Washington, March 15 (RFE/RL) - After eight years of war,
Armenia and Azerbaijan appear more ready than ever before to come to
an agreement ending the conflict between the Azeri government and secessionist ethnic Armenians living in the Nagorno Karabakh enclave of Azerbaijan.
But neither side has yet signed on the dotted line, and there are many in all camps who will seek to shoot down any accord that might be announced in the coming
This qualifiedly optimistic conclusion reflects the intense and
obviously coordinated diplomatic activity there over the last several
days by Russian Deputy Foreign Minister Boris Pastukhov and Special
Envoy Vladimir Kazimirov and by American Deputy Secretary of State
Strobe Talbott and a group of senior American officials. And it
reflects the public statements -- both cautious and optimistic -- of
officials in both Baku and Erevan.
But it also reflects several underlying realities that recently
appear to have become more salient.
Weary of a conflict that has left tens of thousands dead and forced
hundreds of thousands more to flee their homes and eager for the
economic benefits of peace and the free flow of oil, Armenia and
Azerbaijan appear set to agree to restore all pre-war borders in the
region, grant expanded autonomy within Azerbaijan to the largely
ethnically Armenian enclave of Karabakh, and allow for the unimpeded
flow of people, goods, and especially oil across the region.
To make this agreement stick -- and none of the parties will be
entirely satisfied -- the international community as represented by
the U.S. and Russia seems to be prepared to provide both carrots and
sticks. The carrots will include the lifting of U.S. imposed
restrictions on aid to Azerbaijan, money from the sale and transport
of oil, and expanded access to international markets and financial
sources. The sticks will include an internationally-blessed
peacekeeping force composed exclusively or almost exclusively of
War-weariness has not increased dramatically in recent months, and
the benefits to both Armenia and Azerbaijan of the free flow of oil
have long been obvious. What is new is the increased coordination of
the American and Russian negotiating positions. In the past, the two
had sparred with each other over the role of international
peacekeepers and even over what a peace in the region ought to look
like. Now, the positions of Moscow and Washington appear to have
converged largely because their respective immediate interests have.
Moscow's shift reflects three new factors:
First, Yeltsin clearly believes that the signing of a peace between
Armenia and Azerbaijan at a Kremlin version of the White House Rose
Garden ceremony bringing together Israel and the Palestinians will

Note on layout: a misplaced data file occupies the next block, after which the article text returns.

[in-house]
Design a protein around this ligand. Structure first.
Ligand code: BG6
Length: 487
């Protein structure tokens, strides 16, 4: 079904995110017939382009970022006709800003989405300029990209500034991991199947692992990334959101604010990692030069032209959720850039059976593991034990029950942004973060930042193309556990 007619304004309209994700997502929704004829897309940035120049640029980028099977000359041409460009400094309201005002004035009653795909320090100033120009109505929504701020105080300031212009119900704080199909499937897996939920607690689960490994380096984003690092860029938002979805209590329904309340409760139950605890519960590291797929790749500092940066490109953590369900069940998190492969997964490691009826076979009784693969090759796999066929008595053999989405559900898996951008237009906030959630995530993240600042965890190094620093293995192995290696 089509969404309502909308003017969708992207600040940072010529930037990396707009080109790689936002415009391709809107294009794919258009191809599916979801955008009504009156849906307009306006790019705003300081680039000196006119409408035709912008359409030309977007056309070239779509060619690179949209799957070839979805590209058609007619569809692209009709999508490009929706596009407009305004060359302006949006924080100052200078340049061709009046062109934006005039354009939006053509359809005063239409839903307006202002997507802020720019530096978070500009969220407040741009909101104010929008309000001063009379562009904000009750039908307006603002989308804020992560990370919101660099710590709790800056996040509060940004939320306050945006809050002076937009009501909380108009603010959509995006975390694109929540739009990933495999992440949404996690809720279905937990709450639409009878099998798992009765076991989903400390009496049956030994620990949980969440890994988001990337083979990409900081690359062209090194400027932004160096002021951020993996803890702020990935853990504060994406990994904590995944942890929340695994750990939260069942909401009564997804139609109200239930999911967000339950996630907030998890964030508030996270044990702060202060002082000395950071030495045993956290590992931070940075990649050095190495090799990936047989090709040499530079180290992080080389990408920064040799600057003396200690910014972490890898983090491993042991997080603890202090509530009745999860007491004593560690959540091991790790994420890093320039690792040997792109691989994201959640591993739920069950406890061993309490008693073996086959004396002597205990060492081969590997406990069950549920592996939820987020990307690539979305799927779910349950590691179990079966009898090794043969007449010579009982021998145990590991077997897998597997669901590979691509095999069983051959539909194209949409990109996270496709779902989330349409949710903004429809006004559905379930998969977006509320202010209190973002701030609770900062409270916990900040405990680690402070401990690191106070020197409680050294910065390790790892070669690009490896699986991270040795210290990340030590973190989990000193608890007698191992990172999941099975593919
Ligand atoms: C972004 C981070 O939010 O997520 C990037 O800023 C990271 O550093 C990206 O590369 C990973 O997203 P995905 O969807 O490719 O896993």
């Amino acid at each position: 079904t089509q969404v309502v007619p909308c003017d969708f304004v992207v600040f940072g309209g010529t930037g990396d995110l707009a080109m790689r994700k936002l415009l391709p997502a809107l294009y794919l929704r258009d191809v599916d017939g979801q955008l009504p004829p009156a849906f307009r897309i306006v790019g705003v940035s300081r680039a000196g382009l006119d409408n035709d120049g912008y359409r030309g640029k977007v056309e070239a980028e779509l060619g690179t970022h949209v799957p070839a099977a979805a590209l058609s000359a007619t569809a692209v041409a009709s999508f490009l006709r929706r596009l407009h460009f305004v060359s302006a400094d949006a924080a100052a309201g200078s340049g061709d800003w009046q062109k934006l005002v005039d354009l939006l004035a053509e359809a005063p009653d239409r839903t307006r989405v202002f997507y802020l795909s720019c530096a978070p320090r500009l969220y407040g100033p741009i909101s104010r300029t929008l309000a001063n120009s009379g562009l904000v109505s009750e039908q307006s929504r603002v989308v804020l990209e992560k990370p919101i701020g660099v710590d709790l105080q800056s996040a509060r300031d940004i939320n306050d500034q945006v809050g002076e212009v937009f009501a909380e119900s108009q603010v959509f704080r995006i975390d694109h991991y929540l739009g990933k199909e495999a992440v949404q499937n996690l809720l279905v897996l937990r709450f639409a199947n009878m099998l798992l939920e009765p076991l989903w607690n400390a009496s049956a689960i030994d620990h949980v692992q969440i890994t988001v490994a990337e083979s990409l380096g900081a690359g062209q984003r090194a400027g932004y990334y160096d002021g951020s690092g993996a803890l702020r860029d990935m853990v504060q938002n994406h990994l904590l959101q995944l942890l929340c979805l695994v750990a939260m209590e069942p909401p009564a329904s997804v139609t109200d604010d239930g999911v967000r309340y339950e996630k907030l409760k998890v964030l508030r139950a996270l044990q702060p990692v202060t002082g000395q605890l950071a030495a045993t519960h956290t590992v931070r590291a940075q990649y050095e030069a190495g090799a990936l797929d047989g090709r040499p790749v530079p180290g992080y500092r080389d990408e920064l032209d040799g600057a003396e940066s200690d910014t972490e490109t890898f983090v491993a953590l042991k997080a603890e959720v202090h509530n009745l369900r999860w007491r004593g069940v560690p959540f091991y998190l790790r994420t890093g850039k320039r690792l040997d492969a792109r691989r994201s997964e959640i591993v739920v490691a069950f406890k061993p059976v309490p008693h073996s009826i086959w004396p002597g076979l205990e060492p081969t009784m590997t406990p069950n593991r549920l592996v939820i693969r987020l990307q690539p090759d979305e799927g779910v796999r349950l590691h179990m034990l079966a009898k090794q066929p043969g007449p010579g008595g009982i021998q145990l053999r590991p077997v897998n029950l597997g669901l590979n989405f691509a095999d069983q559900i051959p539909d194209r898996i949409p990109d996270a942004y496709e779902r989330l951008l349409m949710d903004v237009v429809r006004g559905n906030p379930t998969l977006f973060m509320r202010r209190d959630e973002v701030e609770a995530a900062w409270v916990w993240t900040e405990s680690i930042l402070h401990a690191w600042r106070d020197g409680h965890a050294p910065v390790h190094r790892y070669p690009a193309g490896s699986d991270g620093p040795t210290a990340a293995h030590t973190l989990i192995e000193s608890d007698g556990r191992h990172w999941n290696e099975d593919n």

bring him important domestic political dividiends.
Second, Yeltsin undoubtedly hopes that posing as a peacemaker in
Karabakh will help him win additional international support for his
campaign against Chechnya.
And third, the Russian oil and gas concerns -- Rossneft and Lukoil
--appear to have concluded that it is better to have a partial share
of real oil revenues -- something an accord on Karabakh might permit
-- rather than total control of only potential profits when oil is
not flowing at all.
Washington's move toward a common position arises from three
First, like Yeltsin, President Clinton is facing a reelection
campaign and the votes of the Armenian community in the U.S. are
Second, a peace settlement announced during the Clinton-Yeltsin
summit next month would go a long way to defuse criticism of the
Administration's policy toward Russia.
And third, American oil and gas concerns have applied pressure for
a settlement, pressure that has apparently led the U.S. to drop its
earlier objections to the return of Russian forces to the region.
While Russian troops may look like peacekeepers to some of the
participants in this conflict, their return to an area of intense
Russian strategic interest is likely to look very different to many
on the ground. But the voice of the oil companies seems to have been
decisive in the U.S. as well.
From the point of view of many in Moscow and Washington as well as
many in Erevan and Baku, such an agreement has a great deal to
recommend it. But to some in the region, any such accord will be
On the one hand, such an agreement would seem to restore the status
quo ante for Karabakh, despite the enormous losses on both sides and
the current victories by the ethnic Armenians in the field. As a result,
nationalists on both sides will do what they can to prevent any
agreement reached from coming into force unless the peacekeepers are
truly numerous and vigorous.
On the other, the enforcement provisions will bring Russian forces
back south. While there may be some fig leaf about an international
force, in fact, it is almost certainly going to be Russian. Both
Armenia and Azerbaijan have reasons to be concerned about such a
development, one that also will have broader geopolitical
Consequently, even if an accord is announced and is signed in Moscow
next month with Yeltsin and Clinton looking on, such an agreement
might unfortunately prove to be an armistice rather than a peace.